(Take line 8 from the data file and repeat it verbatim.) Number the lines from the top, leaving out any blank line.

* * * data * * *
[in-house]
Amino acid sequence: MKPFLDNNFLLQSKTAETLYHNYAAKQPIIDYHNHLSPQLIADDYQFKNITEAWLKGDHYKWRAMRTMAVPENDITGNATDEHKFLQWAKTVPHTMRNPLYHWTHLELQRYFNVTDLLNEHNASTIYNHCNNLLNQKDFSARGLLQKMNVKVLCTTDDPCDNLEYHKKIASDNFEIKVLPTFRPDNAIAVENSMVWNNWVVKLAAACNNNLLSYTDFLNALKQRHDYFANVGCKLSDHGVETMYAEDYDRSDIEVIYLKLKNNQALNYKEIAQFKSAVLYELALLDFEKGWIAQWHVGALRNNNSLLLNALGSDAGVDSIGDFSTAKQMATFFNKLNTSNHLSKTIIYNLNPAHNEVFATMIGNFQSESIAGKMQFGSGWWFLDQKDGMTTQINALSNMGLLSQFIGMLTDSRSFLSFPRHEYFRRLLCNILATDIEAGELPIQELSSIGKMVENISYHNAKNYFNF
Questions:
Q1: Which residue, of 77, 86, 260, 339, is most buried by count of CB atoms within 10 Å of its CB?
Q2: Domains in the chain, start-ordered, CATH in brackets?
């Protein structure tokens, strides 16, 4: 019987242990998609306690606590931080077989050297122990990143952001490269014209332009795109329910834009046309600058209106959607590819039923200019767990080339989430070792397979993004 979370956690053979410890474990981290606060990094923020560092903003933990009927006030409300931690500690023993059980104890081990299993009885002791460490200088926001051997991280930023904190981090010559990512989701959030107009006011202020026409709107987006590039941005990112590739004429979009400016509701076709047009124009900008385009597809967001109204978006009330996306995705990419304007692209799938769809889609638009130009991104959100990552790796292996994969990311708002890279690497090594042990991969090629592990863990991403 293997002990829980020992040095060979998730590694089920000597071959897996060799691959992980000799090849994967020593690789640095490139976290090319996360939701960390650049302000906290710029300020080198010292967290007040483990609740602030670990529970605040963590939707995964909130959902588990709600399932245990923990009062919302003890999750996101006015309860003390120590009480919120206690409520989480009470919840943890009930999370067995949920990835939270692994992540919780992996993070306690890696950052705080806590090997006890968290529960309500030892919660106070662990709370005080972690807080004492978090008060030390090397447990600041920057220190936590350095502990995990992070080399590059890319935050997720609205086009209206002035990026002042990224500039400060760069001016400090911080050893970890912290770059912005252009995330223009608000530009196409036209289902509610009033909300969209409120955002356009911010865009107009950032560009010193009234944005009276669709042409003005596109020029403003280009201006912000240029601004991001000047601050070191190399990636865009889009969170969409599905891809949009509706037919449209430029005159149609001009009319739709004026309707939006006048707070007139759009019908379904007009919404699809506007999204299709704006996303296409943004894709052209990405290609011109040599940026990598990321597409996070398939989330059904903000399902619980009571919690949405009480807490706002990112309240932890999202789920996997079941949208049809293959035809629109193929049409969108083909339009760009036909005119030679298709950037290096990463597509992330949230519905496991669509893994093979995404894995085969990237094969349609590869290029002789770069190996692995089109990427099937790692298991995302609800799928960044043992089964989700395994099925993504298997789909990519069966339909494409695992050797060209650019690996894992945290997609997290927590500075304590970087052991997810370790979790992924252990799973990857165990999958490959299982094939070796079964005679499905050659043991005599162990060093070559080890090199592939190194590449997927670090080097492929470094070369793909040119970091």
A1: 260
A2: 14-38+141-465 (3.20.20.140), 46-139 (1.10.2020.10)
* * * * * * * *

A2: 14-38+141-465 (3.20.20.140), 46-139 (1.10.2020.10)